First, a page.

8 Money-Management Tips for Young Entrepreneurs


Entrepreneurship is not for the faint-of-heart. Being a successful entrepreneur requires a combination of several talents and qualities. One of the most important abilities needed to become a successful business owner refers to managing money. After all, you do want to have your finances in order at all times. Without money, there would be no business to run!

A lot of new entrepreneurs equate money-management with tracking business expenses. However, there is also the element of managing personal finances. Taking care of both these aspects can be great for your business’s financial health, plus it can also help improve your credit score.

However, new business owners can put a full stop in front of their entrepreneurial ambitions by either placing their personal finances in the same bracket as their business resources, or handling their personal finances quite differently as compared to company money. This does mean that young entrepreneurs do not know how to manage money. In fact, in modern times, several young people have become millionaires, thanks to their path-breaking business ideas.

Even if you aren’t dreaming of making millions right away and just want your venture to take off for now, you’re probably still going to face the same money-management challenges all newbie young entrepreneurs face. Mentioned ahead are a few ways to steer clear of them.

1. Set a Budget, Stick to It

One of the first things you need to understand is that there is a difference between what you need and what you want. Apply this to your finances as well. As a young entrepreneur, chances are that you have limited resources and lots of ground to cover within your means. This is where having a realistic budget can be helpful.

It goes without saying that your budget should focus on covering your needs before your wants. This does not mean that once that’s achieved, you can spend as you like. In fact, you should just the opposite, i.e. save for specific things that you’re going to need to develop your business further.

2. Know How to Decode Financial Statements

Do you know how to read financial statements? If not, you better do something about it. Your business’s financial statement is an indicator of the health of your venture. Understanding it is, therefore, crucial to accurately interpret the numbers.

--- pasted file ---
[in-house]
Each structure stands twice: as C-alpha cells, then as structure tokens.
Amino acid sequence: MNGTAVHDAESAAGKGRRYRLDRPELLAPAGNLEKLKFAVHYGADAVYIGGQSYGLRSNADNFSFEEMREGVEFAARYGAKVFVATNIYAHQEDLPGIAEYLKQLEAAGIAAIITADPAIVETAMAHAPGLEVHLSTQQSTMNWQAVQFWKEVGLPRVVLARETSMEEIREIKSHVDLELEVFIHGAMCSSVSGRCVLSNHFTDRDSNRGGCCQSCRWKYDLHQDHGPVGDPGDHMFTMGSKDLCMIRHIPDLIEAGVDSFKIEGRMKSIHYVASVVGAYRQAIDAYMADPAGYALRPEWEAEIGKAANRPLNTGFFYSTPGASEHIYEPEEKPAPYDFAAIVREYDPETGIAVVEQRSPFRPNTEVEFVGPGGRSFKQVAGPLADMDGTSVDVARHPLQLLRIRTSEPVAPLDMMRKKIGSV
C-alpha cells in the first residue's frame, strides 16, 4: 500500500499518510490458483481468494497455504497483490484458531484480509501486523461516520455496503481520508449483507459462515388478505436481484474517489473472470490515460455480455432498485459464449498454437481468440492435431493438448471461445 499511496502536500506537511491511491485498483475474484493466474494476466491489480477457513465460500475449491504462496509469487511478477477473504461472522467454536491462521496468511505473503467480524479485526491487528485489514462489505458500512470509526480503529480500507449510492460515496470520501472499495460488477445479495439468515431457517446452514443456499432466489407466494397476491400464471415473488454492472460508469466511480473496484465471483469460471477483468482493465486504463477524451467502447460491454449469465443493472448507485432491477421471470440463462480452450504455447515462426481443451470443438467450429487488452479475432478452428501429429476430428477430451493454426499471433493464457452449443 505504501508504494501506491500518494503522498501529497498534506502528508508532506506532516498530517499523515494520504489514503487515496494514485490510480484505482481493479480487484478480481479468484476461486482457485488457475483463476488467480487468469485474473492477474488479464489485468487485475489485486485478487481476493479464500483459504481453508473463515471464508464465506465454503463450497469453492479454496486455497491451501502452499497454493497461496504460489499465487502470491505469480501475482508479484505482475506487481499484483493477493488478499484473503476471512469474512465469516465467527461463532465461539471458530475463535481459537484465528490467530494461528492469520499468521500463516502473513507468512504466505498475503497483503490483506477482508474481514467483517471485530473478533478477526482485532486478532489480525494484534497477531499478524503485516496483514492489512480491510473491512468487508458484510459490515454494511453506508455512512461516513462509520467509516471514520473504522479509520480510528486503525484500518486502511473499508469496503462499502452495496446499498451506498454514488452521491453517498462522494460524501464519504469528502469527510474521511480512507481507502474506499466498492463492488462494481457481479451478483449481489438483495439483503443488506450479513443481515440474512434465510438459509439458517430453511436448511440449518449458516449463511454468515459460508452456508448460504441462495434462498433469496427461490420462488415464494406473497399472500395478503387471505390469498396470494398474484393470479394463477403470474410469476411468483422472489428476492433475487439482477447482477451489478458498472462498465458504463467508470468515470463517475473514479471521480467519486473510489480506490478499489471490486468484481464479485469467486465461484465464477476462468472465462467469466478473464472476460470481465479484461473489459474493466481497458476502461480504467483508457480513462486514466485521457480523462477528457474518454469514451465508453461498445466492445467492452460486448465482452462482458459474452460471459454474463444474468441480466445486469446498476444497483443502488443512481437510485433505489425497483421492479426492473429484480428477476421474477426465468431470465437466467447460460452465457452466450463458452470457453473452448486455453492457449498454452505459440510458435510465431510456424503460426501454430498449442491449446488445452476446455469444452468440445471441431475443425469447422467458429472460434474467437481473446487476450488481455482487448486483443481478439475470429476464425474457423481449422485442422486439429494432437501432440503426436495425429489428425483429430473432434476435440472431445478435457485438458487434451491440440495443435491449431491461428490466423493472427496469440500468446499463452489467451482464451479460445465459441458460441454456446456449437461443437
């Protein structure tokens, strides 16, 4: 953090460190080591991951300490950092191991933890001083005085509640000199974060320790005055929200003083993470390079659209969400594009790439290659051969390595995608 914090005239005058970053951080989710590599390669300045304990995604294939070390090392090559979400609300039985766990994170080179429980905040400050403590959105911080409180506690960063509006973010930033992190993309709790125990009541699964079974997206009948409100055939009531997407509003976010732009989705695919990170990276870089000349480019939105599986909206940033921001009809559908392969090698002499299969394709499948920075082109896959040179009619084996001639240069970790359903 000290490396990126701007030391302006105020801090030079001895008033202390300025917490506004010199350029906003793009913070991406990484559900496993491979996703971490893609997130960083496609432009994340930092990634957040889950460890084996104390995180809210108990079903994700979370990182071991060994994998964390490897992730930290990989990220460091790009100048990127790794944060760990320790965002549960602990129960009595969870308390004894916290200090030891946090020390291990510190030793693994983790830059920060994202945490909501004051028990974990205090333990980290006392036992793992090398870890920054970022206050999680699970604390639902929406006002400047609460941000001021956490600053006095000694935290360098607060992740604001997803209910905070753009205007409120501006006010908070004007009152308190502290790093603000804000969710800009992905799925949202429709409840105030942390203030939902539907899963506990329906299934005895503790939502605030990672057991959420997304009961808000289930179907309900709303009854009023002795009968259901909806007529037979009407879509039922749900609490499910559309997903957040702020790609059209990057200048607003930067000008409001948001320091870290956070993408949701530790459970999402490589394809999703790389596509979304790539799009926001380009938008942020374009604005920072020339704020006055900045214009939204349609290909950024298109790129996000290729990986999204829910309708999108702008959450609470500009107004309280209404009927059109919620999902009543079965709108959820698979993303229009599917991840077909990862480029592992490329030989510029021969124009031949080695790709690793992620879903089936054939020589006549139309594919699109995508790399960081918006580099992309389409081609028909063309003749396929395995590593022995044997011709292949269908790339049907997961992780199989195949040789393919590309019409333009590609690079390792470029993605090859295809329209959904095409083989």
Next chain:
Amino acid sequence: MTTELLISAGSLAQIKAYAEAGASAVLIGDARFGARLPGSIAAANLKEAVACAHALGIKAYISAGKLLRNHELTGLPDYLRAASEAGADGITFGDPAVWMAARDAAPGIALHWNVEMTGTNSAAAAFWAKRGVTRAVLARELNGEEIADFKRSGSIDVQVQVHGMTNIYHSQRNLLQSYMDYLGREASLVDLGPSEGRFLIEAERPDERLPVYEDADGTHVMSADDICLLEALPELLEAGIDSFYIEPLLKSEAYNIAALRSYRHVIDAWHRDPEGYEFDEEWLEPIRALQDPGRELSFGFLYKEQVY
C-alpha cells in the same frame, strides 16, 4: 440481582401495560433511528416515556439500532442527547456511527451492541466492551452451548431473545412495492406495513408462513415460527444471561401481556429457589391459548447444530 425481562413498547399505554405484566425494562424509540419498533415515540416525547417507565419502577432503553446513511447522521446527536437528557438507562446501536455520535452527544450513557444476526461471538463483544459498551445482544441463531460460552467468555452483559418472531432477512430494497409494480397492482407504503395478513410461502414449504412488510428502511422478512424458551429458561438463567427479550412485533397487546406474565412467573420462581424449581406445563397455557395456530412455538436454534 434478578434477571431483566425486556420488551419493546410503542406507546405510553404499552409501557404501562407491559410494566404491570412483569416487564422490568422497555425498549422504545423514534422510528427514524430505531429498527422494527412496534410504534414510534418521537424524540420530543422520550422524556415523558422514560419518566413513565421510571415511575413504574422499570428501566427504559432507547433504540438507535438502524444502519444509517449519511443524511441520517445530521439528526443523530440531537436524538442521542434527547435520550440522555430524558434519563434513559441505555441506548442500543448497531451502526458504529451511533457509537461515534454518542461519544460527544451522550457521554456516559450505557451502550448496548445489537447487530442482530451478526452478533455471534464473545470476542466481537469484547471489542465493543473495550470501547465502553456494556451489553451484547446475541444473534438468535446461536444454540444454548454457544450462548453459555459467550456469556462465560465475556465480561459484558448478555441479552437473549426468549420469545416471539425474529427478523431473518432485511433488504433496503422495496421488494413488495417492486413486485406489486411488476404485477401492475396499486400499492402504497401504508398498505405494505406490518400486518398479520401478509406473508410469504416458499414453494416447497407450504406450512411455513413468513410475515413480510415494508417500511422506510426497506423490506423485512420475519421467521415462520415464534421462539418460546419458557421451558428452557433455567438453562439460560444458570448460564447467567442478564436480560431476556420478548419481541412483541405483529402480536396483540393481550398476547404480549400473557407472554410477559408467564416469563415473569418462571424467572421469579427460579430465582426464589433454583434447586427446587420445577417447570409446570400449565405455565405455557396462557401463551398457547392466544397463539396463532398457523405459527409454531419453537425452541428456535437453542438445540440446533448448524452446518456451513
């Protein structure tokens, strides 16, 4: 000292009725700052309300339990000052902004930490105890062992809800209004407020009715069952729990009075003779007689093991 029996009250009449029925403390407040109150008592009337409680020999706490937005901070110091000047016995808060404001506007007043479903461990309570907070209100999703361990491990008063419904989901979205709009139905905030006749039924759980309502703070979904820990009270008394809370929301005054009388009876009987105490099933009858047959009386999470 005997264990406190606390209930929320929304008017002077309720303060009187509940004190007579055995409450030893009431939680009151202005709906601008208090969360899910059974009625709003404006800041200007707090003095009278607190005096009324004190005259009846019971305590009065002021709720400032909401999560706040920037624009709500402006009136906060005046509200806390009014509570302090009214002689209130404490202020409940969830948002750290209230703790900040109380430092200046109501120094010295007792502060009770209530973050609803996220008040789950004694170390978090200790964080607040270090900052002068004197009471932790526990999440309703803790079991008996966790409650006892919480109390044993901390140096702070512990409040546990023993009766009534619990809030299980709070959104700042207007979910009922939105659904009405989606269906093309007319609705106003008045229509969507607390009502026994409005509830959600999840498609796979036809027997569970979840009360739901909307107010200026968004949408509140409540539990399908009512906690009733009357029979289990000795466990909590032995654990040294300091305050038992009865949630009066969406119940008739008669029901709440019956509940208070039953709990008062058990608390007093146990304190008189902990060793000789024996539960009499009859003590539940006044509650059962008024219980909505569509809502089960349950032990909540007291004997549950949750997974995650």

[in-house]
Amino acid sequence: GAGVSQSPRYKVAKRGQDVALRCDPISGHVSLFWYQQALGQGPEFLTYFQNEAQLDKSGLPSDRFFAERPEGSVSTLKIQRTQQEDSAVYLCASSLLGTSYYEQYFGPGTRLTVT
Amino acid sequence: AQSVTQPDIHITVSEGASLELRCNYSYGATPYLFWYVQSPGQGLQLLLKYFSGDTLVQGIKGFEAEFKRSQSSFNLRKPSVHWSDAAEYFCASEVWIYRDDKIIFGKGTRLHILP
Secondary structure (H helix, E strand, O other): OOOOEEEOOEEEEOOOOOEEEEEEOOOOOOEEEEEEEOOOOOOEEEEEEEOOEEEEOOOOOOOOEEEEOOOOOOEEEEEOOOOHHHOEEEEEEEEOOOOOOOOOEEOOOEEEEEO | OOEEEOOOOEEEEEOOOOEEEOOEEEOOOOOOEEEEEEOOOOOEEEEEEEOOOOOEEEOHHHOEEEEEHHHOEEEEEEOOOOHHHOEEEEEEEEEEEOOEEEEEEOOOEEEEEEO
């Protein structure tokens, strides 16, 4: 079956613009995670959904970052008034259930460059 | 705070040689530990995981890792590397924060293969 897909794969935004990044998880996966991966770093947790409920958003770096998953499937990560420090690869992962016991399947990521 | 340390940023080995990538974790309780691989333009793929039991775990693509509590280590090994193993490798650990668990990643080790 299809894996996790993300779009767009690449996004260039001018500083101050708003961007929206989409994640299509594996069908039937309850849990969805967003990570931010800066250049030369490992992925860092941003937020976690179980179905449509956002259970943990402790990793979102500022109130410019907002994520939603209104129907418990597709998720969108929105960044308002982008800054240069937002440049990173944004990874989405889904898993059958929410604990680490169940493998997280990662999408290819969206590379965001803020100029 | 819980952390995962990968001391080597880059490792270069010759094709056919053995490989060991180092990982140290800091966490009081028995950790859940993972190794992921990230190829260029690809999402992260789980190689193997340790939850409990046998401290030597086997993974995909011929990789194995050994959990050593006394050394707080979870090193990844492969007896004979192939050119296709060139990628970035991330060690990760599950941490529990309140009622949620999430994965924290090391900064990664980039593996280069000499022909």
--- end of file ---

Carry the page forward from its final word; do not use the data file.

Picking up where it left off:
As an entrepreneur, you should be adept at reading and decoding the real meaning and implications of your company’s financial data on your personal finance. Don’t worry, this not too complex, but only requires the understanding of basic mathematical concepts.

3. Save Receipts

Whenever you incur a business expense, do save the receipt. Doing so can be highly beneficial when calculating your taxes, as you will have the opportunity to write off certain expenses.

Many entrepreneurs take this aspect for granted, as a result of which they’re unable to tell where their money is going. It is, therefore, recommended to save the receipts and record business expenses in an organized manner to easily refer to them when needed.

4. File Your Taxes

Business owners get so tied up in managing company affairs that, often, they miss paying taxes. Remember, not paying your taxes is a federal crime, and you don’t want to end up paying heavy penalties or going to jail for something that could have been easily avoided.

If you do not have the time to file your taxes, hire an expert who can do so on your behalf. This will not only keep you out of unnecessary trouble, but also save you plenty of money and keep your finances sorted.

tax5. Diversify

While no entrepreneur wants their business to fail, one cannot deny that there is a fair chance of that happening. Are you prepared to deal with such as situation?

You can greatly reduce the effect of a failure by diversifying and placing your funds into another side business, alternative investments, or simply setting aside some contingency money. This money can act as a cushion, should you need to bow out or pivot another business.

6. Save for Times of Need

Ever heard about saving for a rainy day? That’s exactly what I’m referring to. For a lot of businesses, especially seasonal ones, income generation can be irregular. It is, therefore, crucial to budget your personal finances in keeping with this, so that you have enough savings to draw from in the lean months.

You should have sufficient savings to cover essential expenses such as those related to housing, utilities, insurance, and food. Do factor in these inevitable expenses and put aside enough money to last you at least a couple months.

7. Spend Less, Save More

In most cases, when income rises, so do expenses. This is the reason that a few months after receiving a raise, it feels just as tight financially as it did before the raise. It is, therefore, prudent to always keep your expenses in check and make sure that they are well below the savings mark.

8. Separate Them

Last but not least, never make the mistake of mixing your business and personal finances. Keep them separate at all times. Make all your business expenses using company money, and ensure that you’re paying yourself a salary from your business finances. Use your salary for personal expenses. Mixing them up will only spell doom for your finances in the long term.


Youth is the best time of our lives, but it means different things to different people. For some, it is a time to take steps towards making their dreams a reality. More often than not, these people go on to become young entrepreneurs, replete with ideas, vitality and motivation. All they need is the resources to make things happen. If you’re inclined towards entrepreneurship, you may want to think about giving wings to your dreams while you’re young and energetic. With the help of the above pointers, you will slowly but surely master the art of managing and earning more money.

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